In Eric Beinhocker’s ‘the origin of wealth’, Beinhocker details the ‘cultural commandments for high-performing, adaptive companies’. The purpose of this section in his book is to outline a range of behavioral norms that he believes the staff of innovative companies need to adhere to, to facilitate exploration, innovation and build competitive advantage.
Let’s take a look at each of the four behavioral norms in turn and see if you agree or disagree with them.
What matters is the quality of the idea, not the job title of the person that came up with it.
In McKinsey’s purpose, mission and values, there is a section which suggests that every new hire has ‘an obligation to dissent’. The idea is that innovative and competitive firms need brave young people with bold ideas to survive. If those same bold, young individuals believe that all they need to do is agree with their boss to get ahead, then you have a problem. Strategies will optimise to previous environments, investment in innovation will slow and competitive advantage will be eroded.
It is essential to be flexible across your frames of reference, your mental models and your problem-solving. The last thing any company needs is replicators (i.e. I did this before, so let’s do it again).
Being open means having the humility to understand you don’t have all the answers and lets you test and learn to find the optimal business plans, innovations or ways of working.
Openness is not a trait that tends to be engendered in hierarchical structures, as employees begin to play politics and align themselves with certain individuals to try and benefit from organisational information asymmetries.
Everyone has an opinion, but what does the data say, what is objectively true… what cannot be argued with.
Starting from a place of fact allows a business to orientate itself around some fundamental cornerstones, which will ultimately allow them to generate better hypotheses for new products, services, acquisitions and ways of doing things that are tethered by the truth.
Too many businesses don’t face up the reality of their economic environment and make decisions based on subjective opinion rather than facts.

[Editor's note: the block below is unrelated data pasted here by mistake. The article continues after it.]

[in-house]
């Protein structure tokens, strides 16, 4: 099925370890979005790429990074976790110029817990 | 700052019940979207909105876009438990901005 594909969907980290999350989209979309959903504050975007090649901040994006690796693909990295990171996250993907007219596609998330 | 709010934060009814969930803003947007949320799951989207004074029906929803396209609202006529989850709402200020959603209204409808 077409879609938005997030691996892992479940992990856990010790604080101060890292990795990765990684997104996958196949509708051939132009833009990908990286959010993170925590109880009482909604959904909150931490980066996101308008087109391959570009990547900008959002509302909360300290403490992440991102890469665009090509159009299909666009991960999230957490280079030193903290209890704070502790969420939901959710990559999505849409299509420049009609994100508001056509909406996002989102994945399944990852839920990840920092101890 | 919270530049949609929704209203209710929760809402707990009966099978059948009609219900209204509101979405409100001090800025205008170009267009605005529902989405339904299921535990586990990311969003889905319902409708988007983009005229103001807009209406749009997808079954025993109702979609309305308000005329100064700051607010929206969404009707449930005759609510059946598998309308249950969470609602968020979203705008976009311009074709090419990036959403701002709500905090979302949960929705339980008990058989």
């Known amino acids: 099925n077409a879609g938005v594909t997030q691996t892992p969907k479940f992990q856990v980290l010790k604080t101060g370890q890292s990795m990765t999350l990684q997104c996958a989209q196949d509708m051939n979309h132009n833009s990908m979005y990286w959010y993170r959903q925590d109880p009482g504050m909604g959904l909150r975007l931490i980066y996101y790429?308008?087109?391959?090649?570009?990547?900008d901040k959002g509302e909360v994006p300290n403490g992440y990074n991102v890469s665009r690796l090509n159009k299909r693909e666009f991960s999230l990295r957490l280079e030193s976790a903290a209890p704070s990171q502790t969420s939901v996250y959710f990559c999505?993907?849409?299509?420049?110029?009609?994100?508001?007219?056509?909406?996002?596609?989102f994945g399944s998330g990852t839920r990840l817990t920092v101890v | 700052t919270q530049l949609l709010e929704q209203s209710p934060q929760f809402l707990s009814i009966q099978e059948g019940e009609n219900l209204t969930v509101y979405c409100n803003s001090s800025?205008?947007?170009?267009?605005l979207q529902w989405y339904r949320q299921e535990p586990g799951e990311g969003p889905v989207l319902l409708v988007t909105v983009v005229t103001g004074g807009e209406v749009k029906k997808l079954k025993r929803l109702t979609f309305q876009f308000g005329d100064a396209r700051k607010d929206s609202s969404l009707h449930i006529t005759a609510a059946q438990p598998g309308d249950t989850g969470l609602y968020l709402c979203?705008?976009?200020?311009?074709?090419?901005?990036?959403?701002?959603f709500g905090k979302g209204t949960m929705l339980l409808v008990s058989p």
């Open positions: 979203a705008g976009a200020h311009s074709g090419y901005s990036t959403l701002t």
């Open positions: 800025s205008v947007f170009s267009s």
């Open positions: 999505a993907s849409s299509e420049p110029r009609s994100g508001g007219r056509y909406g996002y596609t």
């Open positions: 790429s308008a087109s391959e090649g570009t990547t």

Business isn’t a race with a finish line, so lines need to be drawn to ensure that there is some competitive urgency.
Returning to McKinsey, the values of the business institute a broad understanding that to be successful in their structure it is ‘up or out’ (you either get promoted or you leave the business). Now whilst this can be seen as a negative, it sets the agenda for high performance. It can’t be argued that they haven’t been clear from the outset.
Individual performance has an hugely important role to play in the success of any organisation, If individual performance is poor, hierarchy has to intervene and institute processes, which will inevitably restrict innovation and damage a business’ opportunity to adapt, innovate and outperform its rivals.
Alongside norms for innovative behaviours, Beinhocker also outlines performance norms and cooperating norms, which we won’t go into here… but are equally well founded and precise.
We really value our company culture and find it fascinating when academics outline theories relating to structure, culture and behaviours. At Waracle, we support organisations at all stages of their digital transformation. Our experts support your talented teams to prioritise your innovation to ensure the highest return on investment, if you want to find out more, get in touch today.